Film Review – Marry Me

Marry Me

Marry Me

The premise of Marry Me (2022) is utterly preposterous. Global music icon Kat Valdez (Jennifer Lopez) and her fiancé Bastian (Maluma) plan to exchange vows during a lavish concert in front of their adoring fans. When Kat discovers Bastian has been unfaithful, she suffers what can only be described as “an extreme lapse of judgment.” Alone on stage and in shock, Kat does the first impulsive thing she can think of: pick a random stranger from the crowd and marry them right on the spot. The lucky person she chooses is Charlie (Owen Wilson), a single dad and math teacher who just happens to be holding a sign that says “Marry Me.” He gets swept up onstage and – against all rationality – agrees to the nuptials.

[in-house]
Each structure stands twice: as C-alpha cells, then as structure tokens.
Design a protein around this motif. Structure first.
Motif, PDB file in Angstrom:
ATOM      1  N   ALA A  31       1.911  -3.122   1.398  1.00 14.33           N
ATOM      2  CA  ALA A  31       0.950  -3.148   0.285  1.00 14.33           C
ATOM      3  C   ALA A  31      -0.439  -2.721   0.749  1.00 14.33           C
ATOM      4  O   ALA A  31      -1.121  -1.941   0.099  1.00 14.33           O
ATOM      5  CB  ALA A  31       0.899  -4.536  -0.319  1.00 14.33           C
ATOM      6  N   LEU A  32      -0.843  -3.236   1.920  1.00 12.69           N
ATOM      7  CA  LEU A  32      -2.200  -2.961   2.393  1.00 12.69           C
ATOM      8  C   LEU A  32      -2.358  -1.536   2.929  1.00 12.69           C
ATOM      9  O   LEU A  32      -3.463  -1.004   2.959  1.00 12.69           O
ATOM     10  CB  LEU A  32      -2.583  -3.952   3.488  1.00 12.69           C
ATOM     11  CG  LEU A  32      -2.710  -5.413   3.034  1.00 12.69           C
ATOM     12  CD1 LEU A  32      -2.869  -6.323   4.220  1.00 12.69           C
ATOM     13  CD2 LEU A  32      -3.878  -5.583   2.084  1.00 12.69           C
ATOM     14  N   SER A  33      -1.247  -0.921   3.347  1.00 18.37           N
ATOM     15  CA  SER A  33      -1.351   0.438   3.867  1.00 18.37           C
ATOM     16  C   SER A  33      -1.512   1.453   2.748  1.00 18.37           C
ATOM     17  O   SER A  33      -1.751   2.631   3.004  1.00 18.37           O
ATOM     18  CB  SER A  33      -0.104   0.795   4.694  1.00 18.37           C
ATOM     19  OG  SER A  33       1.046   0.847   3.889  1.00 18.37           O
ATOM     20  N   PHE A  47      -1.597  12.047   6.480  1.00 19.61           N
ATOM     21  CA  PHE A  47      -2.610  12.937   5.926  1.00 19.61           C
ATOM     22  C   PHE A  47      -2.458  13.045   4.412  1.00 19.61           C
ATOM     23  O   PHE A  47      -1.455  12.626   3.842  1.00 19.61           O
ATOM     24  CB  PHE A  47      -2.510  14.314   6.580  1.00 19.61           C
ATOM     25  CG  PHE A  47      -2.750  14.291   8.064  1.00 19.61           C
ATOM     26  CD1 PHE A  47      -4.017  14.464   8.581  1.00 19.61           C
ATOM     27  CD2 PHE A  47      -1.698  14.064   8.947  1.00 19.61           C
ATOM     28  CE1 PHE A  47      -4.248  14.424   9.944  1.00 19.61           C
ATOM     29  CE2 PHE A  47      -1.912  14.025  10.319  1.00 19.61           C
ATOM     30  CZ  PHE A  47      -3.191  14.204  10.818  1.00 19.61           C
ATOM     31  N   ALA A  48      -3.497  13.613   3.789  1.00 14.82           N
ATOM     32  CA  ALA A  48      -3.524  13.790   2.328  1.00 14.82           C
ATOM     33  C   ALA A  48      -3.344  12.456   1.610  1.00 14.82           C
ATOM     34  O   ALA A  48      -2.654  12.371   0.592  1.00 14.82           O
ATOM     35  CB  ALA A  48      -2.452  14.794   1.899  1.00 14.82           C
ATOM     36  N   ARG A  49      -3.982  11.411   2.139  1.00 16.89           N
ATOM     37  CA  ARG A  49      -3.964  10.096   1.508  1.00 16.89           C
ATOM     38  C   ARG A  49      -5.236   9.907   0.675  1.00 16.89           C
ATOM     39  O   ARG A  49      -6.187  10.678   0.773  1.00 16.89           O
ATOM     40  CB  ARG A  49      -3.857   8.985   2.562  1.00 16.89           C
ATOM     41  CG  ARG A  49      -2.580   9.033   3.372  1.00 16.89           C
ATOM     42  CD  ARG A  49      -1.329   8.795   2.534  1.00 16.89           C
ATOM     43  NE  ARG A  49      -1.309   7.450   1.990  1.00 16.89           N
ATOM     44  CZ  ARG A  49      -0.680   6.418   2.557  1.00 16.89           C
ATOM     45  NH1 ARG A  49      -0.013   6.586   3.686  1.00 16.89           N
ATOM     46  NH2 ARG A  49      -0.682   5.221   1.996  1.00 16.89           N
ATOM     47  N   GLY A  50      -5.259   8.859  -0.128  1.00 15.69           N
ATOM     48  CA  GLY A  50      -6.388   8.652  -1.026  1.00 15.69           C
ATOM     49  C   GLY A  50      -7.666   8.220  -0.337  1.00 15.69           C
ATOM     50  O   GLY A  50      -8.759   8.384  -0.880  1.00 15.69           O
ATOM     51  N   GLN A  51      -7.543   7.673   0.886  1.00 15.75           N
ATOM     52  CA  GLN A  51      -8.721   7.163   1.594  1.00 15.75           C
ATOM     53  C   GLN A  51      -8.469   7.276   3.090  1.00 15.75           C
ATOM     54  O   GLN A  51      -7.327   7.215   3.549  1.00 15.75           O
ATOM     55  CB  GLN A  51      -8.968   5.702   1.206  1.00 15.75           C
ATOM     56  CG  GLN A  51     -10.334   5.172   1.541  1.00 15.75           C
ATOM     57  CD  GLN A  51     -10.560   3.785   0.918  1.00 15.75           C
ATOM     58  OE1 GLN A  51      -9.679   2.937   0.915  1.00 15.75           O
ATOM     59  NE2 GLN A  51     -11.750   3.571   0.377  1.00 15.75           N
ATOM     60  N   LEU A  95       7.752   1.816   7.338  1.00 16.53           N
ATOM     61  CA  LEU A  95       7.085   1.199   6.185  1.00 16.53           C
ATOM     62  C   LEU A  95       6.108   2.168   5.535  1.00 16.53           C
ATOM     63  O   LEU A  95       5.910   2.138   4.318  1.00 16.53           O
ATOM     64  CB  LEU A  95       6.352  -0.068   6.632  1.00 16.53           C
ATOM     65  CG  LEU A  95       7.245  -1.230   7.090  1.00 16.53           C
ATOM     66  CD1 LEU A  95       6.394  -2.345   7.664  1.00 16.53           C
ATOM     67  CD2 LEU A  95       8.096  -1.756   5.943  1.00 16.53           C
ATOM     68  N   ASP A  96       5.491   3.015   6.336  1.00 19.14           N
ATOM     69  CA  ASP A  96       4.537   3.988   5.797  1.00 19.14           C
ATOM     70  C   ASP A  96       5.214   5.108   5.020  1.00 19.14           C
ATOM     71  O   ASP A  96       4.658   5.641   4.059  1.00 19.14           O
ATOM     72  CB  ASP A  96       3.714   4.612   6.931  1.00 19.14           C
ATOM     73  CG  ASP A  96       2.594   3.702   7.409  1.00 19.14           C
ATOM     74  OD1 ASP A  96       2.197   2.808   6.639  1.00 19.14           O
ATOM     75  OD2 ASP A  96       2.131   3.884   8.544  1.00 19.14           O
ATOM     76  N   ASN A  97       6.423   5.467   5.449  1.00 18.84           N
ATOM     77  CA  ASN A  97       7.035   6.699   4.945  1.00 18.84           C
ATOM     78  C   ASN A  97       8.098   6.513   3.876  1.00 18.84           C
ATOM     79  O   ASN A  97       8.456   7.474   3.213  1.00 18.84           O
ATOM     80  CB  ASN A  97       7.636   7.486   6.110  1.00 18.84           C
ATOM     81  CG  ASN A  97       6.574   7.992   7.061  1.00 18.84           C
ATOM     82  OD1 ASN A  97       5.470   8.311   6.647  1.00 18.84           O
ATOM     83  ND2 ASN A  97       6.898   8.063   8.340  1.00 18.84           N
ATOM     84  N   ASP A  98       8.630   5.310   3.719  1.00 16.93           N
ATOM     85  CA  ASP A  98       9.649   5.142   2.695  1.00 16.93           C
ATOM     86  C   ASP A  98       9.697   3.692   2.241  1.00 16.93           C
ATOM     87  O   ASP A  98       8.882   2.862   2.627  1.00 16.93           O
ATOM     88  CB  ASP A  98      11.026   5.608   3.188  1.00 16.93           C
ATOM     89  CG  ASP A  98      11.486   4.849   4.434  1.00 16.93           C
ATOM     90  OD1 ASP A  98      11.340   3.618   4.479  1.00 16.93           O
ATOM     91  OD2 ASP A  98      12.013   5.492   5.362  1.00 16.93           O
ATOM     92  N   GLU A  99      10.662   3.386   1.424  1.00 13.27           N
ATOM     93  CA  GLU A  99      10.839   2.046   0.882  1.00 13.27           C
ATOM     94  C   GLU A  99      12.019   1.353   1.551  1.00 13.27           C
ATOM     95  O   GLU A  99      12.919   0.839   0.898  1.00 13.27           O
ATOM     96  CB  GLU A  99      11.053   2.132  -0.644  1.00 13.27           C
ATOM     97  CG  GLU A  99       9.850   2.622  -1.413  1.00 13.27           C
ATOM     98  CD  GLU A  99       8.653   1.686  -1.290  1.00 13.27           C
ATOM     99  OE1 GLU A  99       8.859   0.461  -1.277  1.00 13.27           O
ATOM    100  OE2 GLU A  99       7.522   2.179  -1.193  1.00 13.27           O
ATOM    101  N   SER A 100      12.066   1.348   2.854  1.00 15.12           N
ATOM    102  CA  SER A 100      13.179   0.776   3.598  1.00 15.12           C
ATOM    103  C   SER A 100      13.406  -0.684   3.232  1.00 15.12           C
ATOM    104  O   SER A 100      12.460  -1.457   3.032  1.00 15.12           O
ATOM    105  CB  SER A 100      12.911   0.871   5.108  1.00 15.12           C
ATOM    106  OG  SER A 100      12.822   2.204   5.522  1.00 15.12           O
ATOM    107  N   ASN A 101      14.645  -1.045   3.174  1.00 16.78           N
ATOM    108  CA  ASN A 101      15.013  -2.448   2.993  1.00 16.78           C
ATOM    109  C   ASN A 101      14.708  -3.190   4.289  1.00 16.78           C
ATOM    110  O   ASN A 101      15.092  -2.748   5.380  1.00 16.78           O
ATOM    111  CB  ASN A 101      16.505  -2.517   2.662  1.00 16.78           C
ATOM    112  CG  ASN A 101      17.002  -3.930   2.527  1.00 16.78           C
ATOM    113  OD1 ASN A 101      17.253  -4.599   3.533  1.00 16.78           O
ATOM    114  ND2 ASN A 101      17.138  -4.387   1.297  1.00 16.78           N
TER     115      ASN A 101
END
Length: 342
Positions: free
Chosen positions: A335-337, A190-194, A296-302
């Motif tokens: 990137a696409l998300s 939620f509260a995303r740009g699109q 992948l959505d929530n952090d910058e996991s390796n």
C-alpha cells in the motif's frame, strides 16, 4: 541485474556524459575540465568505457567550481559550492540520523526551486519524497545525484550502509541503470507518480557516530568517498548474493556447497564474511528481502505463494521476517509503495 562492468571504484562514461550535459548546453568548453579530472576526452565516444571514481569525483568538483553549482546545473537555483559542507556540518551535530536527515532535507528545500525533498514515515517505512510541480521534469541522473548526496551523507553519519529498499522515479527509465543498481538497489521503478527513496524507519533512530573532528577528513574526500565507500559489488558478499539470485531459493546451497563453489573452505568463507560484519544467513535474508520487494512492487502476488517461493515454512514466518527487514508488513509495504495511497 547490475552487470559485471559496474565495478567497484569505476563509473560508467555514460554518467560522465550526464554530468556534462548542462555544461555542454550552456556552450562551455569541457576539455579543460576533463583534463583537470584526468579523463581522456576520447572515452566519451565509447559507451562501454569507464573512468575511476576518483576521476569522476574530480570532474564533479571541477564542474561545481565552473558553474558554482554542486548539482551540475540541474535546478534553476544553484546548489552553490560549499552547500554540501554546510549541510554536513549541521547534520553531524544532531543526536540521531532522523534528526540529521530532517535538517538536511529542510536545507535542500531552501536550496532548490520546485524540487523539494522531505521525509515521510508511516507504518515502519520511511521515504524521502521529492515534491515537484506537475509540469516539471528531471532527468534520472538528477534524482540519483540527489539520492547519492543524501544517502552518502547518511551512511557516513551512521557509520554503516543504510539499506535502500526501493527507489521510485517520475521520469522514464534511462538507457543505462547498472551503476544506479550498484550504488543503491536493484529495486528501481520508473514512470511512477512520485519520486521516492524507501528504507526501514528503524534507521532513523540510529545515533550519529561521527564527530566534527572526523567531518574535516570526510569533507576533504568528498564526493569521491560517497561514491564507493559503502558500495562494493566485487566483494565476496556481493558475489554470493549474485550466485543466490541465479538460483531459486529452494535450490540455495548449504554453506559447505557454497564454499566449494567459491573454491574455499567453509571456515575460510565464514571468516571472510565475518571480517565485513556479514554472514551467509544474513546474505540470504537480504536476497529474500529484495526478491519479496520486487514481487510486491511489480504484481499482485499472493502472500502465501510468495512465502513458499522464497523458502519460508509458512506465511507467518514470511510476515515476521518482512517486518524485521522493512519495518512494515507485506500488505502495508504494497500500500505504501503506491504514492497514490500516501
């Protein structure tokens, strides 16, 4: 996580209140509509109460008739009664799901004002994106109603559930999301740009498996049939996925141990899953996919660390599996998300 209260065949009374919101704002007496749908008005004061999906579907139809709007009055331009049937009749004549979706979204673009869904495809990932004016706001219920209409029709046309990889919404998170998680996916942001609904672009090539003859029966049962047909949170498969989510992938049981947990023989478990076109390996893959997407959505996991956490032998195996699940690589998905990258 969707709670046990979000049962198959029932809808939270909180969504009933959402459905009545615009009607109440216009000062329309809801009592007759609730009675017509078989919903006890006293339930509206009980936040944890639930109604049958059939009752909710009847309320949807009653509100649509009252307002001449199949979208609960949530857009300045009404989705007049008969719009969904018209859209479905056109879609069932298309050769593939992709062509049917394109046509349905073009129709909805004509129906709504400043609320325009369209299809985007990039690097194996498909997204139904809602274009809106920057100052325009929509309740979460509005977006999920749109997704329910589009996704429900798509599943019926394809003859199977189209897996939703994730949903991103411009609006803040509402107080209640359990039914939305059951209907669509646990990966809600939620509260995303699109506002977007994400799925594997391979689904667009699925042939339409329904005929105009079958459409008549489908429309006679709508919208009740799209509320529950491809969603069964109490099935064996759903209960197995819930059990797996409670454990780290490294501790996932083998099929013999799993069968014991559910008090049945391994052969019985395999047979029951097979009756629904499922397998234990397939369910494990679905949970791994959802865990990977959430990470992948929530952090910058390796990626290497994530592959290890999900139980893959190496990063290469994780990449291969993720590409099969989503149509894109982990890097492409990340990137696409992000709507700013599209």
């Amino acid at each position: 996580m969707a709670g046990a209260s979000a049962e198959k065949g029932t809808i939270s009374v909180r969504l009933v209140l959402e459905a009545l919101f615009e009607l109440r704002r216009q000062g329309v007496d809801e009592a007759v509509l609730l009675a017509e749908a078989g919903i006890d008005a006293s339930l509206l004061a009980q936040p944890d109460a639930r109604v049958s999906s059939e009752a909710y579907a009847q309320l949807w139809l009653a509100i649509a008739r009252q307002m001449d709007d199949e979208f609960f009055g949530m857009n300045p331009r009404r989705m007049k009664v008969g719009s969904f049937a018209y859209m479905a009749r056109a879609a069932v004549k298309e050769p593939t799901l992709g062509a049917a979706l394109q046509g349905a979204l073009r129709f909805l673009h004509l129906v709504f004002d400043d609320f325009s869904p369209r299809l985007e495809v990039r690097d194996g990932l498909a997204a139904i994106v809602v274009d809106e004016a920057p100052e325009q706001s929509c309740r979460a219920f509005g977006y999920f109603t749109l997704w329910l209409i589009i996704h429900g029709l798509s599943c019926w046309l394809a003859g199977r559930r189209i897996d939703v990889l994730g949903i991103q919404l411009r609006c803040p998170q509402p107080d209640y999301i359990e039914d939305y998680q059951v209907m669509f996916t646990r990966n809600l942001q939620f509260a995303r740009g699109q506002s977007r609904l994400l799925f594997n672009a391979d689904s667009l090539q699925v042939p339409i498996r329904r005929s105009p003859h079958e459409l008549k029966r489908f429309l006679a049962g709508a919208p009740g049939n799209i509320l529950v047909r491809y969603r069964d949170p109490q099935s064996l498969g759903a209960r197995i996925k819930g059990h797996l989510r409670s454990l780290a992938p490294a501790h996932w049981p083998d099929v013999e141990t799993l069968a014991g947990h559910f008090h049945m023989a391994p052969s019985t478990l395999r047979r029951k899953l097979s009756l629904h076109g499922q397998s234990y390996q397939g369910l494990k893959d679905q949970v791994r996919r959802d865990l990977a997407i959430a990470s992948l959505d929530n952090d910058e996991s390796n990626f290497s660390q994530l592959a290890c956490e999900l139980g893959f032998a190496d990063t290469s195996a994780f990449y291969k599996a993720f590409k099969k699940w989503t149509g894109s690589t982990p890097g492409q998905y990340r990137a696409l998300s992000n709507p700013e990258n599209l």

Wow. It’s not a stretch to say that romantic comedies have never been associated with reality, that’s why so many of them take on a fairytale-like tone. But this is pushing it a little too far, isn’t it? Directed by Kat Coiro and written by Harper Dill and John Rogers (based on Bobby Crosby’s graphic novel) the film takes the theme of “opposites attract” to extreme measures. We’re meant to believe that a superstar celebrity marrying an Average Joe on a whim is not only conceivable, but rife for romance. I suppose this isn’t too far-fetched, Notting Hill (1999) pretty much did the same thing. But it’s the circumstances of this couple’s Meet-Cute that is tough to sell. What if Kat chose a creep or someone who’s already married? Why would Charlie say yes to a complete stranger? These are the actions of people who – in any other context – would probably have serious personal issues. Yet we’re supposed to accept the spontaneity of it like it’s no big deal. There is some major dream logic going on here.